Interview with Linda Tillis

Good morning!

I’m thrilled to have debut author Linda Tillis with me today. Linda is the author of A Heart Made for Love, a historical romance published by the Wild Rose Press. Here’s some background about her wonderful book:

In rural Florida, 1903, Mae Hinton cares for her father and younger brothers, trying to fill her deceased mother’s shoes. Her life is shattered and her faith tested when her innocence is stolen by roving miscreants. Left unconscious, unable to identify her attackers, she pledges to help other victimized women. She pursues an education and learns to deal with bigoted ministers, well-to-do hypocrites, and men with higher regard for their livestock than their women.

Edward Finch is nearly done with medical studies in England when he comes home for the holidays. Love flourishes, and Mae seems close to achieving her dreams of both true love and a haven for victims, once she can explain to him why she carries a pistol. Then her new-found happiness is upset by a murder as one of her attackers returns.

She may settle this herself…or she may find that vengeance truly belongs to God.


Welcome, Linda! Your story opens with Mae, your heroine, reeling from a horrible attack upon her body and soul. From page one, there’s no mistaking this woman has a fight on her hands to be whole. What really touches me is her unselfishness and her desire to help other women who have suffered from bad fortune makes her such an outstanding character. And I love her strength and resilience. What prompted you to write this powerful story?

Linda:  I spent 20 years as a Crime Scene Investigator. During this time, I observed women from all walks of life as they dealt with abuse. I photographed their injuries and testified in court on their behalf. Sadly, I watched as some of them were victims again, and again.  I felt their story needed to be told, and that it might give hope to a reader out there who might need a little nudge to better her own life.

Jennifer: All authors bring with them their own life experiences that enrich their writing and breathe life into their characters. Tell us about your background and how it’s enabled you to write A Heart Made for Love.

Linda:  I was born in the coal mining country of Kentucky. It was a very rural setting, and one I am comfortable speaking about. I ran barefoot through the mountains all summer, drank from a cool, sweet well, and picked vegetables straight from the garden for lunch.  I don’t think I will ever be able to write a contemporary story. I much prefer my daydreaming to be in days gone by.

Jennifer:  Your varied work experience is so fascinating. You’re the first actual milliner I’ve ever met! I love how you’ve woven the different fabrics of your life into the story. The relationship between Mae, her family, and the people whose life she enriches is heart-warming, and testimony that despite the darkness  existing in the world, it’s possible to thrive, love, and persevere.

I really enjoy the setting of your book, and the feel of a bygone era that you’ve managed to create. I won’t lie-I’ve been craving my grandma’s bread and butter pickles since your hero and heroine went on their picnic. What made you decide to set your book in this time period?

Linda: I think the early 1900’s must have been a relatively peaceful time. The civil war existed only in the minds of the old, and World War I was still a few years away, so folks were able to concentrate on life, and of course, love.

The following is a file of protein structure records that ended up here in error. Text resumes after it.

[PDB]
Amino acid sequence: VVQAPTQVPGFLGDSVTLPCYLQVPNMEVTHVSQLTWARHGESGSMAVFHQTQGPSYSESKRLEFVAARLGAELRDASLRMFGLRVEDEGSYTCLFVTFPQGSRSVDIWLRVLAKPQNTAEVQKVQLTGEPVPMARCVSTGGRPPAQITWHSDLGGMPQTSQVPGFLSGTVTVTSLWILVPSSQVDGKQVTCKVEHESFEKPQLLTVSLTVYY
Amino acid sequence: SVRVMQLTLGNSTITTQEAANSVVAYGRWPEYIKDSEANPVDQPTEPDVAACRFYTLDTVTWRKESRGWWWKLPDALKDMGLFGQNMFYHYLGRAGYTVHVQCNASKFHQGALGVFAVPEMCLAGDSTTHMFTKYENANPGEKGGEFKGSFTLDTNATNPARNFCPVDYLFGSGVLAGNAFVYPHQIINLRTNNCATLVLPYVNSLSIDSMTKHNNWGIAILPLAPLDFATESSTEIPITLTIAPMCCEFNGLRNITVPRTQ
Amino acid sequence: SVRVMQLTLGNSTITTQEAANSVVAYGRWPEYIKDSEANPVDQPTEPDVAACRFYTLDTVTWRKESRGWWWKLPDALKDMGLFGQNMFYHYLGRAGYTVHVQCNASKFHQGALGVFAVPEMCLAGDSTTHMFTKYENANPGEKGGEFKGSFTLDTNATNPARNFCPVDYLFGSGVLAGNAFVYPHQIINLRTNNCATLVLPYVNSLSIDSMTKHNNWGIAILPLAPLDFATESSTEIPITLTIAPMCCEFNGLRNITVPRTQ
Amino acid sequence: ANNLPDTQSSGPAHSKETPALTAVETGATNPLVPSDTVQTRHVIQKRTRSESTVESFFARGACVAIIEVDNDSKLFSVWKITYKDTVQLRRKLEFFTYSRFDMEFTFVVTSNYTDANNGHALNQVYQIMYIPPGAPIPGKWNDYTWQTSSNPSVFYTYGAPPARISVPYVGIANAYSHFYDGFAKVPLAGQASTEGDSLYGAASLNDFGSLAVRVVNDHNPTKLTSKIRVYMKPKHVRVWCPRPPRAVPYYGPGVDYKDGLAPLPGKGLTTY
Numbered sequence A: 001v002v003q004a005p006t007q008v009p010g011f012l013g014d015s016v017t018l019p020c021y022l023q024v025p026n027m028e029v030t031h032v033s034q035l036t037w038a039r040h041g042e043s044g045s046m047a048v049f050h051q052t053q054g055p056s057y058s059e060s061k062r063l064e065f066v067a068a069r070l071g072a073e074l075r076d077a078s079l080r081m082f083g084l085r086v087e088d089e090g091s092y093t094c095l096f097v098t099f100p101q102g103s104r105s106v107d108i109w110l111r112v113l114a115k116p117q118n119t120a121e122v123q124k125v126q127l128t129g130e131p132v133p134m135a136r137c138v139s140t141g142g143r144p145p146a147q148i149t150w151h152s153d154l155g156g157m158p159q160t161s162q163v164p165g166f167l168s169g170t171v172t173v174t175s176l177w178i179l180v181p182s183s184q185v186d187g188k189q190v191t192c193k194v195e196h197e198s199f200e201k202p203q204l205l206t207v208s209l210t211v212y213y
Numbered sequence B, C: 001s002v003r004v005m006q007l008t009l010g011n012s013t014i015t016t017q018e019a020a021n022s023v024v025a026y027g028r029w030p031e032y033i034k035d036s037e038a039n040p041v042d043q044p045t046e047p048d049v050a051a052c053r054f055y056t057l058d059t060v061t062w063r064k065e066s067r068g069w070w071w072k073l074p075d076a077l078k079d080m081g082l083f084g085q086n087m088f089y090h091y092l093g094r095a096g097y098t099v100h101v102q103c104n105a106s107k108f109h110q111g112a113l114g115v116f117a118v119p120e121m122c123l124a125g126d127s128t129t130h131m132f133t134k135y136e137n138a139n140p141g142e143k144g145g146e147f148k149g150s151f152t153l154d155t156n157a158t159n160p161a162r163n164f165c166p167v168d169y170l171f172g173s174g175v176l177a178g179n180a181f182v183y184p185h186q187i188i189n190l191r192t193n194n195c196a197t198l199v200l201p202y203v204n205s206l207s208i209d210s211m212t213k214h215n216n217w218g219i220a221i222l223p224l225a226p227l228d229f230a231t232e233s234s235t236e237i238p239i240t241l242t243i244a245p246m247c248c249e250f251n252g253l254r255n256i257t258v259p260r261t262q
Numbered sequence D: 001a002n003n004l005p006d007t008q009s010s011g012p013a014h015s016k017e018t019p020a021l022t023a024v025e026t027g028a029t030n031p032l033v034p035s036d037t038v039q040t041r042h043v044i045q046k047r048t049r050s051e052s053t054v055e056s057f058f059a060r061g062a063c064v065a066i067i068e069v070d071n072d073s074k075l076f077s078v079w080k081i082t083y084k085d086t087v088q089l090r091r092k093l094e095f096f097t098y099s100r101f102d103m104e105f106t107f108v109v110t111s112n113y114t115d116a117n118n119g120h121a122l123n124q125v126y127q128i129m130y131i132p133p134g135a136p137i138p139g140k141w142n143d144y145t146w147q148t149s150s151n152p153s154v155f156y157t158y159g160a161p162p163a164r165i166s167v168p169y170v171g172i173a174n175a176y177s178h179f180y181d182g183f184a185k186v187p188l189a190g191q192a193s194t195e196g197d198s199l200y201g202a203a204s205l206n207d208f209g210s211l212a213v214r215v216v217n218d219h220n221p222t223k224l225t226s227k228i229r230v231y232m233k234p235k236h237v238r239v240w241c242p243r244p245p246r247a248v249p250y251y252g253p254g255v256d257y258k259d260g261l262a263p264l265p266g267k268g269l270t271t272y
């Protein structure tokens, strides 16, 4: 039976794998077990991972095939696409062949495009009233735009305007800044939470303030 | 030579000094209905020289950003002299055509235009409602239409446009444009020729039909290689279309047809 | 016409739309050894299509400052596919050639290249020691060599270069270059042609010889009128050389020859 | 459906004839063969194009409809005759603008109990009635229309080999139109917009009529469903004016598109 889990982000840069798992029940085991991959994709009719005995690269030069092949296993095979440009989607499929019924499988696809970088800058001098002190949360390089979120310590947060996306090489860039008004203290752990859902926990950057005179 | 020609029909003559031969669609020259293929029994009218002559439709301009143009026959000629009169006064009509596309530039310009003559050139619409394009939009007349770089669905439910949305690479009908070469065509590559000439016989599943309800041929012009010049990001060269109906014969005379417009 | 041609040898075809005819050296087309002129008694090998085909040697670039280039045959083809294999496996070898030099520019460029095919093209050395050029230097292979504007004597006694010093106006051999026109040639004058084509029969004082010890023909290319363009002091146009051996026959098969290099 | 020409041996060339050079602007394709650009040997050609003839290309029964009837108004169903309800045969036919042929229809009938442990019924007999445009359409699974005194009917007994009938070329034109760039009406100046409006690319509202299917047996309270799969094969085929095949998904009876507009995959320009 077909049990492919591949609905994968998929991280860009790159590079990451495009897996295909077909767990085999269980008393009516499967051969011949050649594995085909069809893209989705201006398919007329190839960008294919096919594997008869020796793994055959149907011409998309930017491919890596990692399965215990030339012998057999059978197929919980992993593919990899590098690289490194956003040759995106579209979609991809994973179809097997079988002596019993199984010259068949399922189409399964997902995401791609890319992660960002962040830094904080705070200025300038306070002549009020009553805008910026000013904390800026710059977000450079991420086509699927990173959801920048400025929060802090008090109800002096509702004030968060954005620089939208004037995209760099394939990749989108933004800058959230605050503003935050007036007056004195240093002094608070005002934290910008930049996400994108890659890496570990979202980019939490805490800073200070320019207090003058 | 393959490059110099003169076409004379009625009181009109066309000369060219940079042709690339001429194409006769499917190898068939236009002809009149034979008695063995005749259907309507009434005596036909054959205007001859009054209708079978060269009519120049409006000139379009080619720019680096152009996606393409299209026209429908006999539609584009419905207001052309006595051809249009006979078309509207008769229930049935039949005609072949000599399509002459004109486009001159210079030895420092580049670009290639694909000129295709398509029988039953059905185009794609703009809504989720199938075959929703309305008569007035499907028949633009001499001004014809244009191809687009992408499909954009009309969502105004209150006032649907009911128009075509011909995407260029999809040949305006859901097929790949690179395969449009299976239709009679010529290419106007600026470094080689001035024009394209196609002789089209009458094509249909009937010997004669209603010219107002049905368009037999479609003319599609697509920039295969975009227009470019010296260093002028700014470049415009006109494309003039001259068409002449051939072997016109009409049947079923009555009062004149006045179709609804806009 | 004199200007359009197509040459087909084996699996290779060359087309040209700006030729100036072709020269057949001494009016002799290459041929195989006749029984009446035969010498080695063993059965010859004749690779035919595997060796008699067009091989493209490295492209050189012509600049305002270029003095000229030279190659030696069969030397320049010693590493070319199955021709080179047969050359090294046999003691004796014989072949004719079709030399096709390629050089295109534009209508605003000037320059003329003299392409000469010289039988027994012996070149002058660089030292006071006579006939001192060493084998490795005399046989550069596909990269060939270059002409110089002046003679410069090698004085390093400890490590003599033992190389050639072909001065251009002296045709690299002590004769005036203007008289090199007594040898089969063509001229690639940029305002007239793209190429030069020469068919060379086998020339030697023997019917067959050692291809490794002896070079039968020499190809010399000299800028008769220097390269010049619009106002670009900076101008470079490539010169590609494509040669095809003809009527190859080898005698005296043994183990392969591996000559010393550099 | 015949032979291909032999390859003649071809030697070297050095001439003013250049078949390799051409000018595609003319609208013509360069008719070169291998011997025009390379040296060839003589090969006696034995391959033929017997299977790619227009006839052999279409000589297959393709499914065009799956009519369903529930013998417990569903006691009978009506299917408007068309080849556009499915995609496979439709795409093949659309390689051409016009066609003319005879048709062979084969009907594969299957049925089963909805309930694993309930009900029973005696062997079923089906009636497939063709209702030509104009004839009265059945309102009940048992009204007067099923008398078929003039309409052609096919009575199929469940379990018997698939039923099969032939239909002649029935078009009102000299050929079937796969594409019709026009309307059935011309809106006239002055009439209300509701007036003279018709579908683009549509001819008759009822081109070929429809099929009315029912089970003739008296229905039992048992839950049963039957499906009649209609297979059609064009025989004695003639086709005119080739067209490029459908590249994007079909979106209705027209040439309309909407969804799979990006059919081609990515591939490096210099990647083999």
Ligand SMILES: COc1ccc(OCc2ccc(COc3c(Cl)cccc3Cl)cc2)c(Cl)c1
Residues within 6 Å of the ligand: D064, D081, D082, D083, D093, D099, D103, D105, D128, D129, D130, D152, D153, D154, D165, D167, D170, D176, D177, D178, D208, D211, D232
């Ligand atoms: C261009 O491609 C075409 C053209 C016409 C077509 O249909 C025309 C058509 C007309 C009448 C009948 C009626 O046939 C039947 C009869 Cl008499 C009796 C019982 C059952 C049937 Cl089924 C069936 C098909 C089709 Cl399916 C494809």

Jennifer: This is such an exciting time in your life, isn’t it? It’s no small feat to complete an entire book, let alone get a publishing contract. What did you learn about yourself during its creation-good, bad, or ugly?

Linda: While I have accomplished many things in life, I have never felt accomplished. I survived two failed marriages, the first was eighteen years, and the second five. I had three wonderful, intelligent, productive children, but I always felt they were God’s achievement, not mine. And then I met the man who would become my third husband, and the love of my life.  There is a scene in the book that came straight from our story. Garth Hinton meets Elinor in the garden and a beam of sunlight shines directly on her and he takes that as a sign.  My Beau and I lived that scene. Beau is the source of my strength. He helped me to realize that, not only was I capable of writing a book, but that it would be good enough to be published.

I also learned that while I “have a way with words,” my knowledge of punctuation is atrocious!

Jennifer: We writers do tend to discover our weaknesses during the writing of a book. But also our strengths!  That’s a wonderful story about how you and Beau. You are also a talented seamstress/hat-maker and also enjoy crafts. Do you ever turn to that if you get stuck with your writing? (It happens to most everyone from time to time.) What inspires you?

Linda: The hat making came about as a by-product of photography. When I retired from my CSI position my husband bought me a good camera and said, “Go photograph living things.” And I did.  I decided I wanted to do themed portraits, but could not find the vintage hats that I wanted, so I learned to make them.

Jennifer: That’s amazing, Linda! What’s next for you?  

Linda: Well, I had a co-worker read A Heart Made For Love for me, and when she finished she said, “I’ve always wanted a brother like Samuel.” And so I had to write Samuel’s story, A Man With A Pure Heart, which is in the hands of my awesome editor now.


Jennifer: Thanks so much for joining me today, Linda.


Linda: Thanks so much for allowing me to visit!


Barnes & Noble


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